“Others more deserving” is at the heart of the debate the committee faces every year. How do you decide which player is more “deserving” than another? It can’t be based on just statistics. If it were, we wouldn’t have to listen to TO complain because he would have made it. Does selection as an All-Decade member carry any weight anymore? Jacoby would think apparently not. Pro Bowls?? These seem to mean less and less every year. If enough of the “stars” decide not to play, you start getting players making multiple Pro Bowls by the grace of the people in front of them making career decisions about risk and reward. Longevity?? With the induction of Terrell Davis, it proves that production can trump not having a 10 year career. How do you decide?? It almost makes one wonder how they come to a consensus at all. Tough job.

        • February 22, 2017
          Reply

          All of that factors in. So, too, as everyone knows now, does being a good teammate. Its a big picture, and if it were just stats we could hire an accounting firm. But this isnt the Fantasy Football Hall of Fame, and that is lost on people. All of this is taken into account. There were seven all-decade choices left out, and four of them were first-team all-decade. T.O. was not one of them. Longevity used to be a measuring stick, but the elections of Easley and, especially, Davis seem to have broken new ground there. Gives hope to someone like Boselli. Pro Bowls were meaningful when they meant something. Not anymore. Now everyone goes because no one goes, if you know what I mean. There are so many guys who pass that one year David Garrard was a Pro Bowl QB. Reason: Everyone else passed. So, yes, all of it factors in, as well as the eye test and what coaches, teammates, GMs and scouts had to say about the candidate. It is not easy, and, guaranteed, no matter whom we choose, not all will be satisfied. We are always told we chose the wrong ones. Way it goes.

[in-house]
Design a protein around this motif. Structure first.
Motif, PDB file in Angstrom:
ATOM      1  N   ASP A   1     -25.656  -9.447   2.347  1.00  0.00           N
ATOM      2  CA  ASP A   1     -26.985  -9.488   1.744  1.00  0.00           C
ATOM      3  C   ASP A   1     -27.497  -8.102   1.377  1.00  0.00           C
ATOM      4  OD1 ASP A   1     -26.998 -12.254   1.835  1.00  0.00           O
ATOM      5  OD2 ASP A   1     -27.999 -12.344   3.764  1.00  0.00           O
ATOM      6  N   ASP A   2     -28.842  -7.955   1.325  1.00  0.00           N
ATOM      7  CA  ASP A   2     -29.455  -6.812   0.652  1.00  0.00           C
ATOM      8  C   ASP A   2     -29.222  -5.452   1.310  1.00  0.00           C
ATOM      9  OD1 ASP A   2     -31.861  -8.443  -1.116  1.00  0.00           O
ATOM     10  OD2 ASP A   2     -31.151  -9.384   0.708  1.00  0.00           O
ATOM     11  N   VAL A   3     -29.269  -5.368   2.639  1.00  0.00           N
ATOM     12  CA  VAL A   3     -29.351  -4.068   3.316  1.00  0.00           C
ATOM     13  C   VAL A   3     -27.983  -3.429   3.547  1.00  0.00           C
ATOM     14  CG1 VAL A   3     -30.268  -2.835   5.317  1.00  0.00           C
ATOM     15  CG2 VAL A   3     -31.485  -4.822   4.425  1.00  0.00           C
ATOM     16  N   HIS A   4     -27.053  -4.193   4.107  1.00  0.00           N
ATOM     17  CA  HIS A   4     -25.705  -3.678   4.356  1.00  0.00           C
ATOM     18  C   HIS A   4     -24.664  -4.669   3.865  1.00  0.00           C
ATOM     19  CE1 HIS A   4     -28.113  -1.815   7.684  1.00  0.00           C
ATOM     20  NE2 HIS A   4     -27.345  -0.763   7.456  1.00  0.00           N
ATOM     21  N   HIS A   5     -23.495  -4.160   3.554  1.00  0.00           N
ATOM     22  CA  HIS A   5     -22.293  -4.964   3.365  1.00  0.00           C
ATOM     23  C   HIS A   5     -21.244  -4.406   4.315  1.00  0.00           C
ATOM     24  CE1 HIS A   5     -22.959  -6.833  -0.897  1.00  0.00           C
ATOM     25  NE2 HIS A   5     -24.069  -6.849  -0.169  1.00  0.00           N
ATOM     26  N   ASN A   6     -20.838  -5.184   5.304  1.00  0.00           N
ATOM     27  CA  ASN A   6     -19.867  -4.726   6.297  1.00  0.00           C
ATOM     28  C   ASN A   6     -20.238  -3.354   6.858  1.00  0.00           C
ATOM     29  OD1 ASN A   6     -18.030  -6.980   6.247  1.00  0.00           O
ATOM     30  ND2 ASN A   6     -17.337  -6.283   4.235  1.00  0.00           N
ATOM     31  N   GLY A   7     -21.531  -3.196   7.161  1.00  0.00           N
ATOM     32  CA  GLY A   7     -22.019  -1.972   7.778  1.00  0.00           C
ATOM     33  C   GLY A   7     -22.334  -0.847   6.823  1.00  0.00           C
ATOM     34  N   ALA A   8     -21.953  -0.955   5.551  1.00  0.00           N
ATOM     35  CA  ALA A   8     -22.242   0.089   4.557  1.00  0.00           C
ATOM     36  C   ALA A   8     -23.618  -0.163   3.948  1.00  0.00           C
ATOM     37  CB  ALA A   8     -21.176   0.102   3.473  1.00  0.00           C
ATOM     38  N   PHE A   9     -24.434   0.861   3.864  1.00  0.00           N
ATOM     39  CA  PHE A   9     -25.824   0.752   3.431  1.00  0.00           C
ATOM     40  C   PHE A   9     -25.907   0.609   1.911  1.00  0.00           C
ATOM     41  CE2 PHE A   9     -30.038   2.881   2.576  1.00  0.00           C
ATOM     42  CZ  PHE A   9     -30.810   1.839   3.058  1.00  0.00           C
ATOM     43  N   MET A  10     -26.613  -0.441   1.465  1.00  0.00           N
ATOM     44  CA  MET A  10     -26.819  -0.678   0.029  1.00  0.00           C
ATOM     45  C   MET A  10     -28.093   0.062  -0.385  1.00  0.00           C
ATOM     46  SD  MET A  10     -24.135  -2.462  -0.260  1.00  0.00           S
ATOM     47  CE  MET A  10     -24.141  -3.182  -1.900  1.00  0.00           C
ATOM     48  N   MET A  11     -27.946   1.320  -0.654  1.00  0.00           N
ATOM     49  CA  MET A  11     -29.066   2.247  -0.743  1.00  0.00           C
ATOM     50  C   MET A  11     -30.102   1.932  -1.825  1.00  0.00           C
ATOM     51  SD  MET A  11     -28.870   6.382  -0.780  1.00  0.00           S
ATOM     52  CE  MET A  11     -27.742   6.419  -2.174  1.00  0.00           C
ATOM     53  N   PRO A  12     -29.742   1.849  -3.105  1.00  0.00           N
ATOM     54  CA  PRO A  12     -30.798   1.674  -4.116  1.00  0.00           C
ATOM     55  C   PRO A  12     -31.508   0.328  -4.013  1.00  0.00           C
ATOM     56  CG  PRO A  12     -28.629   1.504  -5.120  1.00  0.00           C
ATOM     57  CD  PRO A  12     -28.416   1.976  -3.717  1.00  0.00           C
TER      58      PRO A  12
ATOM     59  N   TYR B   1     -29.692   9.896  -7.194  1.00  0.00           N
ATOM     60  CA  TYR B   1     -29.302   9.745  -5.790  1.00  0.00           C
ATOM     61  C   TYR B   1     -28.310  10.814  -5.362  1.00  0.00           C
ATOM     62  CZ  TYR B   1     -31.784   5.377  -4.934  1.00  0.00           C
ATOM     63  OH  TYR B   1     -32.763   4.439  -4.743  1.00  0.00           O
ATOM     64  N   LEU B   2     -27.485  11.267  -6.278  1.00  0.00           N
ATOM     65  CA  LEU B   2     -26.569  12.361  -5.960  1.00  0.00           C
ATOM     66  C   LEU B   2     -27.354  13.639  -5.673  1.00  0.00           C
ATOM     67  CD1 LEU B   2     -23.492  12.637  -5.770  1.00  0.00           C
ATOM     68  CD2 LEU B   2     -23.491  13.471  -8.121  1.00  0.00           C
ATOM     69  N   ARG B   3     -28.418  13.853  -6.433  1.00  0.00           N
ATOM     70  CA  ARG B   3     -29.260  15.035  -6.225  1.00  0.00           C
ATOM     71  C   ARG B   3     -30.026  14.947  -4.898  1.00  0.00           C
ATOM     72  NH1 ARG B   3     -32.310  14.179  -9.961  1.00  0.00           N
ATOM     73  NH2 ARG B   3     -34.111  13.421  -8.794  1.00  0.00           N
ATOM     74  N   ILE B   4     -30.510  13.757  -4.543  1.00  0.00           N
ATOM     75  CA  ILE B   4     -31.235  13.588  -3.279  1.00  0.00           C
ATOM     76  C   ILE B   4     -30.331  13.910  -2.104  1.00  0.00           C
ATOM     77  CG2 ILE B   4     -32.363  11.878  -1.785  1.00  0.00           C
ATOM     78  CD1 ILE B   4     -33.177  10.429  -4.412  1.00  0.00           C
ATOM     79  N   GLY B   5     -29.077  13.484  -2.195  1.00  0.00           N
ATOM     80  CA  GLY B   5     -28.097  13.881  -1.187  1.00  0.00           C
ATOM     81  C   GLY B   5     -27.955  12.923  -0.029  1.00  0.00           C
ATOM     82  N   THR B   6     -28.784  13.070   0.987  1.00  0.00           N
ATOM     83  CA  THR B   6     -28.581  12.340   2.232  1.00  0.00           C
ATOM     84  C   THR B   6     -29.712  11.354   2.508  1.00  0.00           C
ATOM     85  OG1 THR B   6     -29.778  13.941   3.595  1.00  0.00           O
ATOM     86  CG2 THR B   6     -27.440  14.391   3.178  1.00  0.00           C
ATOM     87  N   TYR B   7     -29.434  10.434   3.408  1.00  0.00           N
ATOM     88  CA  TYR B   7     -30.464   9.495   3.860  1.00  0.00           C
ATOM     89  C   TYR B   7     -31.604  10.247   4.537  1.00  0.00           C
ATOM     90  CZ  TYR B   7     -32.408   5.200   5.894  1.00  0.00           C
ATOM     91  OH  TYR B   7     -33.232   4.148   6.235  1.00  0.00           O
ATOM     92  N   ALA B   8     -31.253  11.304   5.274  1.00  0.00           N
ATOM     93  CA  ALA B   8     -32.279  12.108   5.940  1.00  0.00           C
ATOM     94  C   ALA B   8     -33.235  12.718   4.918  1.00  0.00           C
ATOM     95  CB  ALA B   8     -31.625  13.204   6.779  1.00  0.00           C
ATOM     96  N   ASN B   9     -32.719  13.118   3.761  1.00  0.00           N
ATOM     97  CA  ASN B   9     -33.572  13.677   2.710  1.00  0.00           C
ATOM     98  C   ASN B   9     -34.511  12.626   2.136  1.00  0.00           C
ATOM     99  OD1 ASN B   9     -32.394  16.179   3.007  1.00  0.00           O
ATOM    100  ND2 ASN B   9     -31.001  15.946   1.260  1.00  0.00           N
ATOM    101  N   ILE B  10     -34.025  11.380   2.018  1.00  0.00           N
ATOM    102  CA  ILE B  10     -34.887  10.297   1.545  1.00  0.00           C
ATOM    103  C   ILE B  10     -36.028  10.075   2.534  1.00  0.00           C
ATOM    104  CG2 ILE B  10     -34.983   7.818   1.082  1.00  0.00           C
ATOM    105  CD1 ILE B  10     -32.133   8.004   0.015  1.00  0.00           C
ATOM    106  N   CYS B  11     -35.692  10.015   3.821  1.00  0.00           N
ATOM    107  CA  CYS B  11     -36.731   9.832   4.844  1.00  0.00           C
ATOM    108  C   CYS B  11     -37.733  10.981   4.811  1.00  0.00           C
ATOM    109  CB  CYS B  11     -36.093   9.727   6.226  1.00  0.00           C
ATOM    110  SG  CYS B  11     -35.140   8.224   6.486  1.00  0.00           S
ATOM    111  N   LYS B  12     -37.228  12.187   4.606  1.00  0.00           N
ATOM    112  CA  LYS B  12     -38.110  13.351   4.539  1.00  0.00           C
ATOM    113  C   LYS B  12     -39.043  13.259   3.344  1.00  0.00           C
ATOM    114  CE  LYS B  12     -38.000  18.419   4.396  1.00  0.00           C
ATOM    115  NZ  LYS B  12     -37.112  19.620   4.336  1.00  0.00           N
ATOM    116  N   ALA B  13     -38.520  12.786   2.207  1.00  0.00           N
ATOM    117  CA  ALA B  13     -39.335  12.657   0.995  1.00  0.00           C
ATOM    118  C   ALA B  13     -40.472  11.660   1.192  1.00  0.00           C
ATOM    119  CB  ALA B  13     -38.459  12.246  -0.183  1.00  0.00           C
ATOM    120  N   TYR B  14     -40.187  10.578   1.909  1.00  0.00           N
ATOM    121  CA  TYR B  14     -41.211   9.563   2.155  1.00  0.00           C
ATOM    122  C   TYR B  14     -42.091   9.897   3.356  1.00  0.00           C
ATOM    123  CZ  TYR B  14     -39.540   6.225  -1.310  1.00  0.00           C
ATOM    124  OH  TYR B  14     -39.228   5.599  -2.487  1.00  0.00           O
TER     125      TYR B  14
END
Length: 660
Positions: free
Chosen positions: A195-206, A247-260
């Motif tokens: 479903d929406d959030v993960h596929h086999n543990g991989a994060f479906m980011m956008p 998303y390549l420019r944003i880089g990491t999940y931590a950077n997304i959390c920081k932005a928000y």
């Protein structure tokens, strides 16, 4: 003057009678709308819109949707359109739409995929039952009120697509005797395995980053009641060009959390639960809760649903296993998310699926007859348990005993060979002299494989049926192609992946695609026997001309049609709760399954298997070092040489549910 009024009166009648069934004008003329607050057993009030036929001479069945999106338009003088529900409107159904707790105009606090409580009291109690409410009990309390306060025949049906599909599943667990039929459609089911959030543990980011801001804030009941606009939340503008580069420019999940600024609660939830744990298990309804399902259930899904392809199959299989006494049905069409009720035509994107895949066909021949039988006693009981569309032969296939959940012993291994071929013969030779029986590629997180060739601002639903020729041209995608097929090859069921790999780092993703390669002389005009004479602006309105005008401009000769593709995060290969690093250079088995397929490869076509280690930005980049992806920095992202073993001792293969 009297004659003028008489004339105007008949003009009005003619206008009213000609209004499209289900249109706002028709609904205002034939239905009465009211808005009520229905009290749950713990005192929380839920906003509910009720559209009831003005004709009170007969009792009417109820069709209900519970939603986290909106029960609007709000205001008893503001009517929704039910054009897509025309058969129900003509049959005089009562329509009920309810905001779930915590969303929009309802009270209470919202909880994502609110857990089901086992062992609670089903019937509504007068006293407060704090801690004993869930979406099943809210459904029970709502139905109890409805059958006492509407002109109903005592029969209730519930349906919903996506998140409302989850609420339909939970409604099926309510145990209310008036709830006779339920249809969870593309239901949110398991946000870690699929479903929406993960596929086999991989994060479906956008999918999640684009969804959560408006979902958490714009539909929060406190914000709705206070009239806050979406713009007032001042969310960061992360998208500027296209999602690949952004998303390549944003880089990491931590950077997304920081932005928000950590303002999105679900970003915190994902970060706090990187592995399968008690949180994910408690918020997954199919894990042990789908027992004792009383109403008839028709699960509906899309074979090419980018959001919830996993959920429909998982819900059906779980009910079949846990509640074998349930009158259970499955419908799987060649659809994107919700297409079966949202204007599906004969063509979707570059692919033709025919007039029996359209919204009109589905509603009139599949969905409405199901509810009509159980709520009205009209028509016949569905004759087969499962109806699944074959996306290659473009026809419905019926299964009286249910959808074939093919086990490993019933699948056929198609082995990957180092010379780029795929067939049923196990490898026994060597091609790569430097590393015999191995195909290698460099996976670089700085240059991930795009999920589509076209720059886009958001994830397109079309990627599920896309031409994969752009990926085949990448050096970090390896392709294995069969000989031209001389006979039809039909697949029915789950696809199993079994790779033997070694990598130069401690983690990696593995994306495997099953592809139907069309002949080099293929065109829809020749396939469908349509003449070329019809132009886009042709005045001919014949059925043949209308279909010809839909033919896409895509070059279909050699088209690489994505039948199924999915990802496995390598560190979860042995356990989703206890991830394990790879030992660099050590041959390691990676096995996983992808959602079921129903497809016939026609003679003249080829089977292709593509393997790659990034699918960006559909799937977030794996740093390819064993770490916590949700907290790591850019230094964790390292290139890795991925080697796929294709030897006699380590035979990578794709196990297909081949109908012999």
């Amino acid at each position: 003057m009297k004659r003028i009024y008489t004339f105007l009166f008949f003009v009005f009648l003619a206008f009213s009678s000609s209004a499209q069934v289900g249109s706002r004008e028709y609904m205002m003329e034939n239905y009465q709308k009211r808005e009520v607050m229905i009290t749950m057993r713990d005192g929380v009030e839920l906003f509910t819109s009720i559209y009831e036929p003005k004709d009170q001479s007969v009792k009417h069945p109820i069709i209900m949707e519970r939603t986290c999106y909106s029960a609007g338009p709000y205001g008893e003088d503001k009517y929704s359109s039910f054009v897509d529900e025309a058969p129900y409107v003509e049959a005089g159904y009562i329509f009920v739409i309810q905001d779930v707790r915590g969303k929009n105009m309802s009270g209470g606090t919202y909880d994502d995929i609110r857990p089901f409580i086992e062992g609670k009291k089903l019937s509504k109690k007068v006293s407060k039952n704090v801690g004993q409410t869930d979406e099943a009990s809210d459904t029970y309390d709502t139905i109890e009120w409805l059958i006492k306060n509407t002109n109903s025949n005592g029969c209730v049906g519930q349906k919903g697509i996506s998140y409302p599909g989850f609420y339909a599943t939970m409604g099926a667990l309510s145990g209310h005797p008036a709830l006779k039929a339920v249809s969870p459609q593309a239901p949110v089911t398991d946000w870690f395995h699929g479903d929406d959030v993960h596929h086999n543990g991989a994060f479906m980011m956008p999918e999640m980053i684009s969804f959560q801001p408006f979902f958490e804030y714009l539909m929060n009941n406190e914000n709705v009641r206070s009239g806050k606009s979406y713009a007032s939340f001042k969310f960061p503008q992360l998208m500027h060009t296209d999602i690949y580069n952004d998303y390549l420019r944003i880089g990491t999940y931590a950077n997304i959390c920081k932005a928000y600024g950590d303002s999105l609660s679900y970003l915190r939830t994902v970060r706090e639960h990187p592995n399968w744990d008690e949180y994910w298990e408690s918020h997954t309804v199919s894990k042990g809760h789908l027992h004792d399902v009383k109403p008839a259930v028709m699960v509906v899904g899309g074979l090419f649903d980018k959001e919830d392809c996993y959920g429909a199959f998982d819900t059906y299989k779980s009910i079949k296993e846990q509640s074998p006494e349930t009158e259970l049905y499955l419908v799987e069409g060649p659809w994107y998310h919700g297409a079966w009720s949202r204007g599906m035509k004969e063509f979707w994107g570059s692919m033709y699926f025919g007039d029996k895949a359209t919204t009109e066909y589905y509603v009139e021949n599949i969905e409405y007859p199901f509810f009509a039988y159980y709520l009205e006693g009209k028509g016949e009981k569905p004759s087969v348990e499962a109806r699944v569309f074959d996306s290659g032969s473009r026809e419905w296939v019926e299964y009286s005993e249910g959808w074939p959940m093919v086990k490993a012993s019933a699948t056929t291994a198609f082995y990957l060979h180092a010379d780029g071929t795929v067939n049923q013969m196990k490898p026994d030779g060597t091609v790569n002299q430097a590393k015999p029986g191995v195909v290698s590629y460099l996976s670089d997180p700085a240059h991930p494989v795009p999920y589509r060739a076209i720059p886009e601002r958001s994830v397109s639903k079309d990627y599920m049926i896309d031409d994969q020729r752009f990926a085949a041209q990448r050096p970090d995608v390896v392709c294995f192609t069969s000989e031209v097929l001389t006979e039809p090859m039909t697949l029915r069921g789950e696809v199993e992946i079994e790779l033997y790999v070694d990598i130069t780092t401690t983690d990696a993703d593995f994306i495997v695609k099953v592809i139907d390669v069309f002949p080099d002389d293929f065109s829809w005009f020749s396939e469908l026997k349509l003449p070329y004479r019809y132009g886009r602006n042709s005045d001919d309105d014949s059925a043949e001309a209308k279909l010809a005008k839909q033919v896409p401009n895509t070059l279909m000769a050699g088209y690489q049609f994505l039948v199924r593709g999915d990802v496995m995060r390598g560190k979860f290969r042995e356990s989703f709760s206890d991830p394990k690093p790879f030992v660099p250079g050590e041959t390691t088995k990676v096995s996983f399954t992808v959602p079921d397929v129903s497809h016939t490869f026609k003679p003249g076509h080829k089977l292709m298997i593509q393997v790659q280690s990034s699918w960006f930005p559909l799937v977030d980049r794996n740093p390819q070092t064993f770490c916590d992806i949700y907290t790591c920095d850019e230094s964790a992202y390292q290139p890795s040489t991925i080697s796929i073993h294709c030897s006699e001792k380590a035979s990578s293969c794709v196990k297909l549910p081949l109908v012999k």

• Martin Sexton
            February 23, 2017

            Thanks for the insight into the process, Gentlemen. I, for one, am glad that decisions are not based solely on statistics because they NEVER tell the whole story. A few years ago, NFL.com ran a story on their take on an all time undrafted team. The WR’s on that team were Wes Welker and Drew Pearson. Many people complained about Rod Smith being left off the list. I had no problem with the objection as Rod Smith had an extremely productive career. Eventually, however it became a debate about Rod Smith’s numbers vs Drew Pearson’s. As has been discussed in other articles, it’s is hard to make those comparisons because of different rules, more emphasis on the run and less on the pass, ad Infinitum. Because of that, it makes sense you would use input from knowledgeable sources. For example, how much weight would the recommendation of another HOF player carry in your deliberations? Say, if a player like Lawrence Taylor extolled the virtue of a Joe Jacoby? Just as a hypothetical.

        • February 22, 2017
          Reply

          In my case you talk to a lot of opposing coaches who game planned vs. these guys and opposing players who faced them. They tend to give the clearest picture of what a player was in his prime. Takes some research but it’s worth it.